The 20th annual National Women’s Health Week kicks off on Mother’s Day – May 12th – and is celebrated through May 18, 2019. The National Women’s Health Week movement is designed to encourage all women to be as healthy as possible.
Women’s Fertility Health
During National Women’s Health Week each year, millions of women take steps to improve their fertility health. The week serves as a reminder for women to make their fertility health is a priority and to build positive health habits for conceiving in the future.
Steps to Better Fertility Health
To improve your physical and mental health, you can:
- Visit a Fertility Specialist for a well-woman visit
- Get active by doing yoga and soft aerobics
- Eat healthy
- Pay attention to mental health, including getting enough sleep and managing stress through meditation and acupuncture
- Avoid unhealthy behaviors, such as drinking alcohol and smoking
These steps are the foundation for a lifetime of good health. They can help you be as healthy as possible.
How to Participate in National Women’s Health Week
The Office on Women’s Health invites you to:
- Take one or all of the steps above for good health
- Learn more about healthy living by age
- Spread the word using social media and promotional tools
- Use #NWHW in any social media messages you share
- Organize events or activities in your community
Other Fertility Awareness Movements
Fertility awareness movements throughout the year.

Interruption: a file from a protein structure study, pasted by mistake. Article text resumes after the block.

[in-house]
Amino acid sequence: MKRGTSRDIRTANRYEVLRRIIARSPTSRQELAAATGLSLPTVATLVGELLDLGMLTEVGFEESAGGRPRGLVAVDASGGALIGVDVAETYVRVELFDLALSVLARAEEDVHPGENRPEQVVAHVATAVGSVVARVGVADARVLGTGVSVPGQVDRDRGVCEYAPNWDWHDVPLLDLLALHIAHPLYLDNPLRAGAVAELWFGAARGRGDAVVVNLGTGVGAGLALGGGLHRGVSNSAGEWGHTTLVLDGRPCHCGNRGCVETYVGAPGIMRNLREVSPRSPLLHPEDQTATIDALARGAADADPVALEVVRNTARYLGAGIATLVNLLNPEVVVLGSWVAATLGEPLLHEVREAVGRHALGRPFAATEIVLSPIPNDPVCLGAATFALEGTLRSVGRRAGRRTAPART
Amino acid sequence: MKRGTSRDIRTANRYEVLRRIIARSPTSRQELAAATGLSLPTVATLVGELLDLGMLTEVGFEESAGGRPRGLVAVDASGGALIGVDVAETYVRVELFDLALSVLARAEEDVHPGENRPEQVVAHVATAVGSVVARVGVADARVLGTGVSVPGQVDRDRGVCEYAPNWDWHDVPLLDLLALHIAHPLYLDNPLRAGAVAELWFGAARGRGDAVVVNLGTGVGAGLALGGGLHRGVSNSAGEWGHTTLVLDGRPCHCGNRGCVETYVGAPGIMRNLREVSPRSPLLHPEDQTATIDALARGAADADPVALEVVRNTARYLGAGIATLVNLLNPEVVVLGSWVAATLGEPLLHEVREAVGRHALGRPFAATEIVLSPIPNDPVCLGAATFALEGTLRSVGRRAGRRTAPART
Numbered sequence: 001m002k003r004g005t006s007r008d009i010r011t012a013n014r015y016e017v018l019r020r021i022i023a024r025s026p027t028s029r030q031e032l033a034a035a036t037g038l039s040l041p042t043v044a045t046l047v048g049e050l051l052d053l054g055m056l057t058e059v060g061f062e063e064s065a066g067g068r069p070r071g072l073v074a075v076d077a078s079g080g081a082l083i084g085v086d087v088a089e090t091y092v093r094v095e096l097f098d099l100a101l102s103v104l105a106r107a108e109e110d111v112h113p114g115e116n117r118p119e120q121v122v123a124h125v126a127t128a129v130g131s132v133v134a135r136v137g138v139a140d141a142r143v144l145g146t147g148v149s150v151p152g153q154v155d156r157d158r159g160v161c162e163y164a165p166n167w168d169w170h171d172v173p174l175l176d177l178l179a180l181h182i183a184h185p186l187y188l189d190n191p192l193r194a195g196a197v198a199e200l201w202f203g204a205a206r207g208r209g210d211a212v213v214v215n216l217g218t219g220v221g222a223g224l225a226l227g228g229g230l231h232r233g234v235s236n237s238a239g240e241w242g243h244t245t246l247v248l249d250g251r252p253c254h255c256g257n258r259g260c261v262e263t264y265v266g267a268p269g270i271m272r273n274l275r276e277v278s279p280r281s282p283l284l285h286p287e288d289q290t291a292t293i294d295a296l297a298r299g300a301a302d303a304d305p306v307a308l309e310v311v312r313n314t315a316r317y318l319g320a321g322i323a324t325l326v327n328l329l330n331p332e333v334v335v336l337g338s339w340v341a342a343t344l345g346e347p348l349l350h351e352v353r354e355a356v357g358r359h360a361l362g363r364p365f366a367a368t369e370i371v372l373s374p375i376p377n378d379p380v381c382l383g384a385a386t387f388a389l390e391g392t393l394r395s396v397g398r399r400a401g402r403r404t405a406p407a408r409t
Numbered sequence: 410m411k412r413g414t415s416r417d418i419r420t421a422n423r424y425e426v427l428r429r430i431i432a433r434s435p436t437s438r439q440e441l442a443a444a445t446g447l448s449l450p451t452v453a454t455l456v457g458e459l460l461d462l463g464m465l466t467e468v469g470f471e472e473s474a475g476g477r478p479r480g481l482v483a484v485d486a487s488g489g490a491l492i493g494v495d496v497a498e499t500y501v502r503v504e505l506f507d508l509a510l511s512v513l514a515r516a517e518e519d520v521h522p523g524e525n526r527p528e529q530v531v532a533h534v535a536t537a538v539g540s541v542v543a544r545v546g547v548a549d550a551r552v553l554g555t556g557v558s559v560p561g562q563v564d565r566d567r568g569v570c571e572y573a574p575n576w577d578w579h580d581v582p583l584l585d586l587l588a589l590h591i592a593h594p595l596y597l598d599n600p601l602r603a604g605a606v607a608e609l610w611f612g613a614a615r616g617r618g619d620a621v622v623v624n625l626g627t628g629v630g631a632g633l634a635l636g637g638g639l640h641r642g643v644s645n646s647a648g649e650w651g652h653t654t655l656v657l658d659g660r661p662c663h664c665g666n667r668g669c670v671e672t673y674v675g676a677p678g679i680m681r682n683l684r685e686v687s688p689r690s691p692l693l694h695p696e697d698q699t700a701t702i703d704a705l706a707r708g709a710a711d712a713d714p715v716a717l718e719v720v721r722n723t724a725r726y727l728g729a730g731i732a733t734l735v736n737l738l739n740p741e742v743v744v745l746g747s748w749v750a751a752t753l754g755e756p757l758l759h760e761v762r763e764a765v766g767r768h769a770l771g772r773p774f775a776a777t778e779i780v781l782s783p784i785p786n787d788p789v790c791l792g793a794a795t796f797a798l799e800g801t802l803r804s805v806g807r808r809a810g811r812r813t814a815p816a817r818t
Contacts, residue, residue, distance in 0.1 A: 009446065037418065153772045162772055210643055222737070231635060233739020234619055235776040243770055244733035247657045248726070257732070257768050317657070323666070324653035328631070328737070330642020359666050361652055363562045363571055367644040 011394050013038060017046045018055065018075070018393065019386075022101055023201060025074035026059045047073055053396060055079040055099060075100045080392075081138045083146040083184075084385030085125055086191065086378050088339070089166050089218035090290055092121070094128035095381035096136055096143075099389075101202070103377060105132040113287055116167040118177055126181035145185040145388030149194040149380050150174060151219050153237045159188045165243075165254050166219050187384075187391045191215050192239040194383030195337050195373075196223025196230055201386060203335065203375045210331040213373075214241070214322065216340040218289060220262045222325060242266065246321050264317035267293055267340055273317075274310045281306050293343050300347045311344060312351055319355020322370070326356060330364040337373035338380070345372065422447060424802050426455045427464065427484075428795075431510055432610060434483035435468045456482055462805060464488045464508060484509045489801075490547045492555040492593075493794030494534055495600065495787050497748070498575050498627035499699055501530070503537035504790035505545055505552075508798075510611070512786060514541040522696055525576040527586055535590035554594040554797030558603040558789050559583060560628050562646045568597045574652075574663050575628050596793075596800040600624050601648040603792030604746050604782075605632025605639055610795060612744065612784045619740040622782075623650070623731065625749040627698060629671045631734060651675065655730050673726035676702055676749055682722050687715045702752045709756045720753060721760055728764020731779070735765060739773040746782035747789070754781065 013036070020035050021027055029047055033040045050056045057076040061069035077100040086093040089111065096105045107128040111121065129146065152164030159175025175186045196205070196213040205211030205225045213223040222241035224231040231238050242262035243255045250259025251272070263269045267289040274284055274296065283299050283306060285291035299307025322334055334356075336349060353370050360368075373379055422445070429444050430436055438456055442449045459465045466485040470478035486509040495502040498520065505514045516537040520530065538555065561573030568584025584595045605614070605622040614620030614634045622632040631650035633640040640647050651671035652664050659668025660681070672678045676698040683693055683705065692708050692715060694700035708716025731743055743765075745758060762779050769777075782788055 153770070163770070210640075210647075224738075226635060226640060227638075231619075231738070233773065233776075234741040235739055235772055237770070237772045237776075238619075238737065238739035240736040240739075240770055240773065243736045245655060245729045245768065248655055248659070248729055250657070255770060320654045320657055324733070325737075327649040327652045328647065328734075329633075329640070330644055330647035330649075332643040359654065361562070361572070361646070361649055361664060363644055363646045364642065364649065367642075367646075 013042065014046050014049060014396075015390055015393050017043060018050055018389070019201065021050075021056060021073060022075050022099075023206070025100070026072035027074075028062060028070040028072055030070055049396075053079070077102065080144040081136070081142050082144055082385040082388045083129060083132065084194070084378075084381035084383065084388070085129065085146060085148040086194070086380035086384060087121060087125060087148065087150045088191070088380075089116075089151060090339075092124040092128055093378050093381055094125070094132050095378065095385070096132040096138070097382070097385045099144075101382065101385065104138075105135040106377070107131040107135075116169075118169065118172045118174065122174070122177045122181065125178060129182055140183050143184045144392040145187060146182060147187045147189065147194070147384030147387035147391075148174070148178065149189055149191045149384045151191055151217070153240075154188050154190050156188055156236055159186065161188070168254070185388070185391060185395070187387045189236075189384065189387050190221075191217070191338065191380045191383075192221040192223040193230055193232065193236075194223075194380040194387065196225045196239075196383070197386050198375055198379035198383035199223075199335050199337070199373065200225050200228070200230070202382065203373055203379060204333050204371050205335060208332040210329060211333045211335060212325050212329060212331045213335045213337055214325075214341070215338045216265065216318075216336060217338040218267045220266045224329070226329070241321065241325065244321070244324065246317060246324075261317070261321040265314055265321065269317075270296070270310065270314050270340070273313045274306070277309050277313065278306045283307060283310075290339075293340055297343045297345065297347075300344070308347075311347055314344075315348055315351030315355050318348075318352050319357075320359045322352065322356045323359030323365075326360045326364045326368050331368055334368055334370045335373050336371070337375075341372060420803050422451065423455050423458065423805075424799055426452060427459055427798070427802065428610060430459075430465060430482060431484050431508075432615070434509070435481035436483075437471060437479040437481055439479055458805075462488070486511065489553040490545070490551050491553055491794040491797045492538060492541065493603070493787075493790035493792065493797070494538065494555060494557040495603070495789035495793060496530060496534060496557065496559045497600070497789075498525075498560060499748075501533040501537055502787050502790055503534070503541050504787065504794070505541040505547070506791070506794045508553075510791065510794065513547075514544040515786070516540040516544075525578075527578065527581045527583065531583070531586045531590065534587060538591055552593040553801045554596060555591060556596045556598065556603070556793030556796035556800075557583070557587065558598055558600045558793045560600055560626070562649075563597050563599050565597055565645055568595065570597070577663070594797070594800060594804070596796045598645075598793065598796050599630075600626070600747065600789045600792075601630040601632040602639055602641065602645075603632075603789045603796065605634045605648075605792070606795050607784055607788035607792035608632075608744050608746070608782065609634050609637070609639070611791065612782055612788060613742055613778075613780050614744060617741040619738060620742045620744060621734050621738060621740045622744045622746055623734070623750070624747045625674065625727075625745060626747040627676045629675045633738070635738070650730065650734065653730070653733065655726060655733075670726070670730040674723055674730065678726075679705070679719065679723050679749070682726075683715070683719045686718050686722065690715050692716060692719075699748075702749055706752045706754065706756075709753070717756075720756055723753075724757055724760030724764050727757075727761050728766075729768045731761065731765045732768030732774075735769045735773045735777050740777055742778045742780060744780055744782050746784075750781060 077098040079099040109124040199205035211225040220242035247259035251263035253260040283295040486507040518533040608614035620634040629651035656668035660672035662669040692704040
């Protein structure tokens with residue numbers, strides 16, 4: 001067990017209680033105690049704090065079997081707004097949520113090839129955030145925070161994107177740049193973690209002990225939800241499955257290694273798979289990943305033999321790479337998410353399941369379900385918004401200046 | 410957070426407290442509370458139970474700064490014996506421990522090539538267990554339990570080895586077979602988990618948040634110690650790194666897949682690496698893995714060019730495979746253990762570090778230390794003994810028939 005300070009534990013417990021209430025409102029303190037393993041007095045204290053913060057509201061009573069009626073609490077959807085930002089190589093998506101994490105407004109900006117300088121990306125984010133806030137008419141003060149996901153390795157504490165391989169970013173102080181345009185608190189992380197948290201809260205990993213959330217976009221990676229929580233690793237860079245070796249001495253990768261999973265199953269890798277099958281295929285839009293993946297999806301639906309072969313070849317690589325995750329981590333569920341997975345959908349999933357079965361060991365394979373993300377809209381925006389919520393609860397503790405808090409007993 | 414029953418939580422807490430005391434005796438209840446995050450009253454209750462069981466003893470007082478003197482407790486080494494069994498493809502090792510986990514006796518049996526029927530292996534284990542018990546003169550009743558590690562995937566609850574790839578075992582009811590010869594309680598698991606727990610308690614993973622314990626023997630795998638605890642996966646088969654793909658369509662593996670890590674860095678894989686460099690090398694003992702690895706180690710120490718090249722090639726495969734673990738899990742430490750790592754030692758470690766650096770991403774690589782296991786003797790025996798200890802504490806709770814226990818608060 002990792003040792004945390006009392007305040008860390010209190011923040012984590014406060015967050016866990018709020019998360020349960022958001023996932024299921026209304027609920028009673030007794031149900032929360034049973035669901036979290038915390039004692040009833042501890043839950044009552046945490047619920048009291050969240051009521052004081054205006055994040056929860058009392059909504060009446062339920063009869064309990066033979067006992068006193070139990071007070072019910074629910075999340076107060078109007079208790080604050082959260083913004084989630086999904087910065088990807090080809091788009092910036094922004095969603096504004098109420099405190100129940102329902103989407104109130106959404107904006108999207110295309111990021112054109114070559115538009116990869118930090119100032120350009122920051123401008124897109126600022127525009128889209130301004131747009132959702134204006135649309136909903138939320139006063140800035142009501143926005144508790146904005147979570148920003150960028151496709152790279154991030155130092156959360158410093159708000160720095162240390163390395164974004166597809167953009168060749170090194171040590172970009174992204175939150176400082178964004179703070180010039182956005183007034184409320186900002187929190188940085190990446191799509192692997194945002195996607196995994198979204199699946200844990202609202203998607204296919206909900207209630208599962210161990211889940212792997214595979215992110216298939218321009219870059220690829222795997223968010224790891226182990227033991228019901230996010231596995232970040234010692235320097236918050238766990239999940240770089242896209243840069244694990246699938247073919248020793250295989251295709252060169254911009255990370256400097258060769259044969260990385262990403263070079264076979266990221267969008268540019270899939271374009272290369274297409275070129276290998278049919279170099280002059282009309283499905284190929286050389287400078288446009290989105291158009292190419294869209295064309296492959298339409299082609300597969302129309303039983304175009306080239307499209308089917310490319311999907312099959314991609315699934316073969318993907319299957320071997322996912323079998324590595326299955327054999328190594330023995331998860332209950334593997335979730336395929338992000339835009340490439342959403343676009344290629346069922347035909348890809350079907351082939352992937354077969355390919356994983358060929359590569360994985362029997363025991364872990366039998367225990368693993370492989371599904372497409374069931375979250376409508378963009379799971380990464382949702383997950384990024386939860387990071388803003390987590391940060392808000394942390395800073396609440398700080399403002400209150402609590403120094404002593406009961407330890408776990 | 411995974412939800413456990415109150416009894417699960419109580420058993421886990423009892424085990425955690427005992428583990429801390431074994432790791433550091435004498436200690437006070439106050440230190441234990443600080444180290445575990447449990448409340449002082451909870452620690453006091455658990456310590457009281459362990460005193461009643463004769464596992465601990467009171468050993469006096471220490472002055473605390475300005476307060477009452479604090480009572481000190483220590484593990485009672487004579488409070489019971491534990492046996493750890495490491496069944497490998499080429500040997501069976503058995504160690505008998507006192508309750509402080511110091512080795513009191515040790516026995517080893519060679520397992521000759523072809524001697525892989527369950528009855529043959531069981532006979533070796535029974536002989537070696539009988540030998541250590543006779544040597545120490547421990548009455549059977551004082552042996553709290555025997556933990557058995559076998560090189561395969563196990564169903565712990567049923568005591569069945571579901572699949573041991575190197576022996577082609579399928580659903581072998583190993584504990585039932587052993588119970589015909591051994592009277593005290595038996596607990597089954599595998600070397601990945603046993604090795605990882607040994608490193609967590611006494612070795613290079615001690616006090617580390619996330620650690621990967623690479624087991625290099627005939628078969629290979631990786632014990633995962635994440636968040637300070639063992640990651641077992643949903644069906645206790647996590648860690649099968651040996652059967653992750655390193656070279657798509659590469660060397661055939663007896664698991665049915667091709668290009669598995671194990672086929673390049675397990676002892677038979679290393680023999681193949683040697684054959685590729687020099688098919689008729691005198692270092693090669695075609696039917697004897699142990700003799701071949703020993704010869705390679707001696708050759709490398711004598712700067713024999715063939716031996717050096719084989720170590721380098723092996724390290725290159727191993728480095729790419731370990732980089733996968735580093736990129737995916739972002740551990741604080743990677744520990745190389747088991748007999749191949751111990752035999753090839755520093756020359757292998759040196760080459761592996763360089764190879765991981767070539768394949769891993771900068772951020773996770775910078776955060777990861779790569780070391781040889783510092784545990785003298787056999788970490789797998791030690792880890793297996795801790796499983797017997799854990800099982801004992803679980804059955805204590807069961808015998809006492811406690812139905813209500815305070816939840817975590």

- Cervical Health Awareness Month: January
- Endometriosis Awareness Month: March
- National Woman’s Health Week: May 12th – 18th
- World Infertility Awareness Month: June
- Men’s Health Month: June
- Polycystic Ovarian Syndrome (PCOS) Awareness Month: September
- Ovarian Cancer Awareness Month: September
- Pregnancy and Infant Loss Awareness Month: October
- Pregnancy and Infant Loss Remembrance Day: October
Women’s Health and Infertility Awareness
Pregnancy success is reliant on many patient-focused variables.
- Infertility diagnosis
- History of previous pregnancies
- History of previous miscarriages
- Number of failed IVF cycles – fresh and frozen embryo transfers
- Number of embryos transferred in a single cycle
- IVF protocol recommended
- IVF ancillary procedures recommended – such as ICSI or Genetic Screening
- Gender Selection
Leading Doctor Promoting Women’s Fertility Health
It is important to work with a fertility doctor having the experience required to design a customized fertility treatment plan meeting your personal needs.
Your initial consultation with Dr. Hugh Melnick can be conducted via telephone, Skype or FaceTime.
To schedule your consultation with Dr. Melnick call 212.369.8700 – or – click the icon below.